Australia's asset-backed securities landscape is improving. While 2009 started slowly for the securitisation market, there were several issuers who were able to structure and distribute successful deals during the year. By December last year, a total of A$16.2 billion had been raised, thanks partly to a buying programme sponsored by the Australian Office of Financial Management (AOFM). John Barry, head of securitisation at National Australia Bank, and two directors on his team, Rebecca Burke and Lionel Koe, discuss how issuers and investors are responding to market opportunities in 2010.
2009 turned out to be quite a good year for asset-backed securities deals in Australia, despite early predictions of poor issuance. How did the year pan out?
John Barry: 2009 can be characterised as a game of two halves. The first half of the year started slowly with only a small number of transactions, all of which were supported by the AOFM's buying programme. The AOFM acted as a cornerstone investor on each of these early deals, and when domestic real money accounts participated, they were interested in the shorter tranches.
Lionel Koe: Yes, primary issuance was slow in early 2009. Investors were largely focused on notes that were rated AAA, had a short weighted average life (WAL), ranked 'super senior' in capital structure and benefitted from credit support, which meant that these notes were independent of the ratings of the lender mortgage insurers (LMIs). Consequentially, we aimed to structure transactions that included a one-year legal final maturity, or notes with a WAL of up to one year. These notes were predominantly aimed at enticing cash funds, while the AOFM acted as a cornerstone investor on notes with longer WALs.
So what happened in the second half of 2009?
Barry: In the second half, a certain amount of vibrancy returned to the market. We started to see larger deal sizes, there were transactions that weren't backed by the AOFM, and real money accounts began to invest across the capital structure, including in longer WAL tranches, again. Importantly, we also saw offshore investors return to the market -- not only the traditional European buyers, but Asian investors as well. In general, investors behaved in a rational manner during the financial crisis -- they took their time to work through their concerns including credit, mark-to-market, liquidity and extension risk. As the focus on these issues receded and with much of the secondary market supply overhang cleared, demand for new deals has returned. The continuing contraction in spreads will likely lead to more deals. In the end, just over a third of total issuance was absorbed by the AOFM.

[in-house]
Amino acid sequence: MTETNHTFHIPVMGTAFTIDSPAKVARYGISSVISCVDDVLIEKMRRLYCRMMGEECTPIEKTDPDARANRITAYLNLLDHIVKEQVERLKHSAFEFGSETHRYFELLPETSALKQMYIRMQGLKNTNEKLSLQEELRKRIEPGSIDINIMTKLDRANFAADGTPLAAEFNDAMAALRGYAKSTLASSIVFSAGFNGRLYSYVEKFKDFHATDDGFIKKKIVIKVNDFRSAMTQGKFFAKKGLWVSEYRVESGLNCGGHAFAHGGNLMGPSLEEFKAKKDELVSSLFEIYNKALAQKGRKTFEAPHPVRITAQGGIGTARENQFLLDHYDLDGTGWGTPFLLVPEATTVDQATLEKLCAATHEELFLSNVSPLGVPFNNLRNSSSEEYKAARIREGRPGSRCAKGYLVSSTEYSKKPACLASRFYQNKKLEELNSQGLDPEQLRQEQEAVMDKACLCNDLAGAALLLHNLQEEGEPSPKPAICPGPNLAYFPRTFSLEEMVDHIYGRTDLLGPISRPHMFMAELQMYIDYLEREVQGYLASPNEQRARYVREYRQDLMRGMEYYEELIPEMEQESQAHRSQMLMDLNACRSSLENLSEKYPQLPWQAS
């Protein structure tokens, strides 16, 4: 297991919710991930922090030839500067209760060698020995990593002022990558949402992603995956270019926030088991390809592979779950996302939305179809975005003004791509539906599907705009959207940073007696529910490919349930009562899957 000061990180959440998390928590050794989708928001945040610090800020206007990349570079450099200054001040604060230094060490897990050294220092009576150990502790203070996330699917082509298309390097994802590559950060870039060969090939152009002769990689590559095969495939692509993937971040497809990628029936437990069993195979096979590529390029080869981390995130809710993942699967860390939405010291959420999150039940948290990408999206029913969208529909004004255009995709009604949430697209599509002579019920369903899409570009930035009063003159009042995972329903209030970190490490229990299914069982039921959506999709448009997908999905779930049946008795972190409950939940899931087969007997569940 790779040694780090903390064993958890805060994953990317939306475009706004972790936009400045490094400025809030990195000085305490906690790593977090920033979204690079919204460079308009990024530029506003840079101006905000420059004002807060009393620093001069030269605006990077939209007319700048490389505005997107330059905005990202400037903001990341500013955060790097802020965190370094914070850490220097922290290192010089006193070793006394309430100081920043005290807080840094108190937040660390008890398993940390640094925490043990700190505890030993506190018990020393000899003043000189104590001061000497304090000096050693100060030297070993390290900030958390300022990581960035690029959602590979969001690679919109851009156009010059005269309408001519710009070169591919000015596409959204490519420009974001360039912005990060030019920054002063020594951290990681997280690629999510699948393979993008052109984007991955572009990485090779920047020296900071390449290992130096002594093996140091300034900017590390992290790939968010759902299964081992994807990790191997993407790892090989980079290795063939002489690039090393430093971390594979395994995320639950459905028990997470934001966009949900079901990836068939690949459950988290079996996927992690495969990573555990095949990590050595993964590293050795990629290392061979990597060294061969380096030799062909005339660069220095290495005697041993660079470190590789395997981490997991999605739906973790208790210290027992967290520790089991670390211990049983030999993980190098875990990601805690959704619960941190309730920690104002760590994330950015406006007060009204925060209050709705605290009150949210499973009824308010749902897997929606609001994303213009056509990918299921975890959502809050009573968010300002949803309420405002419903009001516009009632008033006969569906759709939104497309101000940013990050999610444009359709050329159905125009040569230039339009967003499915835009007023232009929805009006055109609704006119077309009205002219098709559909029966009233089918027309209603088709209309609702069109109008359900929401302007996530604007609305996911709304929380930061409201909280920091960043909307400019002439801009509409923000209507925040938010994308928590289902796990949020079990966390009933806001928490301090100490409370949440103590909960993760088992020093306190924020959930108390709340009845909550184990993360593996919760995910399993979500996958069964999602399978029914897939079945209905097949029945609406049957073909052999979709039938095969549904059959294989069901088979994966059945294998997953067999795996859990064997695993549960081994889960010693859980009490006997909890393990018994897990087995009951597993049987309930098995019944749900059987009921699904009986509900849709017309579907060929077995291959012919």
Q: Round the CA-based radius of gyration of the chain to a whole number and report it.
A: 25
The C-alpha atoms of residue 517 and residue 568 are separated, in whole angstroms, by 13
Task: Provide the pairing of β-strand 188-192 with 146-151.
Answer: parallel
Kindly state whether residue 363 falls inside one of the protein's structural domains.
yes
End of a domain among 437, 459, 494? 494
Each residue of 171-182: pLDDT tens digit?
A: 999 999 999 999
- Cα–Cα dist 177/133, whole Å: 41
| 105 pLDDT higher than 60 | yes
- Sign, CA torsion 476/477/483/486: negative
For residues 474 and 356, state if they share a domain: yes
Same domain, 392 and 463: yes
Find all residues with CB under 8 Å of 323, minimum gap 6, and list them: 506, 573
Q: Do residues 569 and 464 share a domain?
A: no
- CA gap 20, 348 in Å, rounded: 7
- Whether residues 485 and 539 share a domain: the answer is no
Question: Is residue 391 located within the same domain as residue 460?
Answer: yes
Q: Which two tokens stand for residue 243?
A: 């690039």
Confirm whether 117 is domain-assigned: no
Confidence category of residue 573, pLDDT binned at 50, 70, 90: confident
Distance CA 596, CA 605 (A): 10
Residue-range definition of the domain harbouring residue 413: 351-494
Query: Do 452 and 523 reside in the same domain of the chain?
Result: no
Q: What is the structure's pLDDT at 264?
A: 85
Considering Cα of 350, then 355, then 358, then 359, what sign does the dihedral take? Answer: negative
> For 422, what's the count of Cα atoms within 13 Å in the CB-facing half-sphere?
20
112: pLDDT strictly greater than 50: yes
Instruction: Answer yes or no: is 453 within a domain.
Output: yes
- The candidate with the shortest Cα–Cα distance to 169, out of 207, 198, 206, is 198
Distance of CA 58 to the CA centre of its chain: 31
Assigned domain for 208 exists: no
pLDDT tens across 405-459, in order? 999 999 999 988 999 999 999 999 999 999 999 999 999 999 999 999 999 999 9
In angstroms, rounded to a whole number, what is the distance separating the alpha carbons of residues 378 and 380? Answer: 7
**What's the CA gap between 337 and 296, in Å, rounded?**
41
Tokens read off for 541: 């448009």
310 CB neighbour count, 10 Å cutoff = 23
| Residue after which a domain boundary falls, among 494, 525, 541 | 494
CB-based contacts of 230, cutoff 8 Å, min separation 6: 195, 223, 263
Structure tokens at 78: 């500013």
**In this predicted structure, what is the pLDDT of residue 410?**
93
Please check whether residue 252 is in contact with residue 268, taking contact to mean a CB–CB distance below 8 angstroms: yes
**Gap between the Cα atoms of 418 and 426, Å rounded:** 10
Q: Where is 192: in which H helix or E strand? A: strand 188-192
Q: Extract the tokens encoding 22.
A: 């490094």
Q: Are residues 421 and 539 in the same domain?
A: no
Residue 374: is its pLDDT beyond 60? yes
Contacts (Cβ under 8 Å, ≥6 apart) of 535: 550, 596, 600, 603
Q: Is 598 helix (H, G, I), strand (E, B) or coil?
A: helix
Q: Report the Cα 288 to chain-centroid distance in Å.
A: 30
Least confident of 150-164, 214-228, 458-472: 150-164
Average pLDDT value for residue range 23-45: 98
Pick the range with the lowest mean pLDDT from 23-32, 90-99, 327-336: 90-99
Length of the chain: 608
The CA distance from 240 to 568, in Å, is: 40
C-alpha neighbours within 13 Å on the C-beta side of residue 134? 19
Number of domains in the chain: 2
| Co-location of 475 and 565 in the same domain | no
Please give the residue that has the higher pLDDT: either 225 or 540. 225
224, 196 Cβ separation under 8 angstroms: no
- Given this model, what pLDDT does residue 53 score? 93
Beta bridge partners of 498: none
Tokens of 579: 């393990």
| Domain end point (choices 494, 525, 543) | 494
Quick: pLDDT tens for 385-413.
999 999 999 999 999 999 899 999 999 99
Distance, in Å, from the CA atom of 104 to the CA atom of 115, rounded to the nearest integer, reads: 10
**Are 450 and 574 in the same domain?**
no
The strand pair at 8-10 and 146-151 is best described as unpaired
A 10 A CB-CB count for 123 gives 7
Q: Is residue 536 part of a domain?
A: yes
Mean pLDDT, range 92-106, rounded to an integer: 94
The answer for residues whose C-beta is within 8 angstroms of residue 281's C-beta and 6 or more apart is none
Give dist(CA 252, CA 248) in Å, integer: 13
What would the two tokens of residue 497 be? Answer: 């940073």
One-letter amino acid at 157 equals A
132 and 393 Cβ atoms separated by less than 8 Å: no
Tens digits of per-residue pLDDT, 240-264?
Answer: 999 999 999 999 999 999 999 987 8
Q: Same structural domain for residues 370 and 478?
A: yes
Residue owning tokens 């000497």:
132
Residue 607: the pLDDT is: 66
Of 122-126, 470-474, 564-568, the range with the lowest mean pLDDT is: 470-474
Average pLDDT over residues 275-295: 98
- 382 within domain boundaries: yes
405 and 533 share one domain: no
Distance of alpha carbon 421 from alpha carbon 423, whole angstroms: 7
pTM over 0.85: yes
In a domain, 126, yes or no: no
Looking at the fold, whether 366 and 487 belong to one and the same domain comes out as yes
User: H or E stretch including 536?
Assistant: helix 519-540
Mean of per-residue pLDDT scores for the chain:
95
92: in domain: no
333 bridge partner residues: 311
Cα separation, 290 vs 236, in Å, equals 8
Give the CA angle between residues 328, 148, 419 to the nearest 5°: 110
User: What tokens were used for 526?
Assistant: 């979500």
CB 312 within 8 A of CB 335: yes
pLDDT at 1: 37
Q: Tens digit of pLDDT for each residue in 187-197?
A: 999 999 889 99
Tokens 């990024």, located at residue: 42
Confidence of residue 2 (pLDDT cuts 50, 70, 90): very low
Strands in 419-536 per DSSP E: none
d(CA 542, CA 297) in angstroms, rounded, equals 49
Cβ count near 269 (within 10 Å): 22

To what extent does the renewed primary market flow reflect the fact that investors are comfortable with the credit risk of Australian RMBS and other ABS deals?
Rebecca Burke: Renewed confidence is playing a big part in current deal flow. Relative to the US and UK, collateral performance in Australia has been strong. This is evidenced by Standard & Poor's RMBS Prime mortgage performance index (SPIN), 30+ delinquencies, which peaked in January 2009 at 1.84%. Since then arrears have declined as interest rates eased and economic growth continued. Now prime mortgage arrears rates are back down to 1.27% over 30 days (as of October 2009).
Additionally, historical loss rates are still at very low levels. S&P RMBS Performance Watch (September 2009), revealed that the 2004 RMBS vintage incurred the highest cumulative loss rates at 0.22% of initial issuance. From the perspective of an investor in prime RMBS, these loss rates are easily covered by either LMI, the excess spread in the transaction or by the seller. Australian deals still haven't experienced a charge-off to the noteholder in the prime RMBS sector. Some of the notes have been downgraded, but that has been the result of a rating action on the LMI provider, and not due to the fundamentals of the underlying collateral.